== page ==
If you’re like most artists, you likely put your heart and soul into creating amazing new pieces. However, while the love of the craft may hold you over for a while, eventually, the desire may grow to make money from your work. If this describes your ambition and you’re excited about selling your masterpieces, it’s important to first take a step back and think about what goes into starting a business. It’s more than just putting prices on canvas. While your art may be on point, you must learn how to form a company, create a plan, make a marketing strategy, and more.
In this beginner’s guide, we’ll discuss everything new artists need to know to start their own art business and the mistakes and missteps to avoid along the way. While you likely won’t become a success overnight, this plan can help you achieve long-term success.
Avoid Common Mistakes
You may have heard the statistics about how 20% of small businesses fail within the first year — an art business is not immune to this possibility. The issue is that many people get really excited about what they want to sell, so they start pushing their products without thinking through their actions. This situation can be even worse for folks in the younger generation because they may still need to gain experience to help their companies succeed. The fact is, many people fall for the same small business mistakes.
For example, many new business owners tend to underestimate the costs associated with getting their idea off the ground. Of course, your art is no exception. Sure, you may think you’re just selling some pictures you can hang anywhere or sell online. However, there are many costs you may still need to consider, including:
- Marketing costs.
- Price of supplies.
- Rent you may have to pay if your business expands.
- The potential need to pay back a business loan.
Of course, you can’t forget the big one, which is the quarterly or end-of-year taxes that can seemingly come out of nowhere. Research the money you’ll require; if you’re short, either hold off on the business or consider a small business loan.
Costs are just one consideration in your overall business plan. You’ll need to think about every detail of your growing art company, including:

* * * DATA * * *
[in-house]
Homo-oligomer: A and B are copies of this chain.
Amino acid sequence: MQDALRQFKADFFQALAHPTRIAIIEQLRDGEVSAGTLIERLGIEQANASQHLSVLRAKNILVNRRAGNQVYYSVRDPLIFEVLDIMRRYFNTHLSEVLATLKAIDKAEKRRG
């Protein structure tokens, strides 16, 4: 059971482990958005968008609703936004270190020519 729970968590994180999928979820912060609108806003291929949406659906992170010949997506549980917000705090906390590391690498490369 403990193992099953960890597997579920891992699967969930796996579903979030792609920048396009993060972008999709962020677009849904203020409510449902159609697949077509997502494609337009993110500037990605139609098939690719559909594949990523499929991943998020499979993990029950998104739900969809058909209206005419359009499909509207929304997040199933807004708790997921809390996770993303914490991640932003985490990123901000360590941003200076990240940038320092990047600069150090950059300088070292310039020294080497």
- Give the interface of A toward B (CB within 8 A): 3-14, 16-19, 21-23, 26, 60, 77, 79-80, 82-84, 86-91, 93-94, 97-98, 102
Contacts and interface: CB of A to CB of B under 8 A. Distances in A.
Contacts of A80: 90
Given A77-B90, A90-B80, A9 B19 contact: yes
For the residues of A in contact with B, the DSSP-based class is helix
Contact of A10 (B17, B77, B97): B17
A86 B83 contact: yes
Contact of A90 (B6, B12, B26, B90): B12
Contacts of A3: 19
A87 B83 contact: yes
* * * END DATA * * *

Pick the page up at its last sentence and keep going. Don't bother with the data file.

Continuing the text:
- How you plan to sell your art (online or in a physical location).
- The additional products you plan to sell.
- Your target demographic (who you plan to sell to).
- Your marketing plan.
- How much profit you’ll need to make to stay afloat.
If you’re still working out the answers to some of these questions, then you may want to start smaller from home.
Starting In Your Home
You may not be a “starving artist,” but if you’re like many new business owners who start on a budget, you may need to start selling your work from home, and that’s okay. An arrangement like this helps you to keep your costs in check, and you can control your surroundings. However, it’s easy to get too relaxed when we’re at home, so you’ll need to learn to stay productive. You’ll likely want to work near your studio so you can continue producing art as you sell online, but keep other distractions at a minimum so you can focus on taking calls and reaching out to vendors who may agree to sell your work.
You have many options for selling your art from home, including having office hours where people come to view the work in your studio. The other option is to build a website. If possible, translate it into different languages so people can visit from around the world and pick and choose the pieces they want to purchase. Since your art will always evolve and you’ll always have new work on the site, it’s wise to have an easily visible contact form where customers can enter their email. You can reach out to them when new work becomes available. If you go to art shows or meet people at functions, hand out business cards that mention your website and tell them to check you out.
Dedicate one part of your website to an art blog, where you can talk about your work and all things related to your craft to attract more potential buyers. When writing your blogs and designing your website in general, you can draw more attention by using SEO basics and smart keywords that relate to your work, so when people search for it online, they find your site.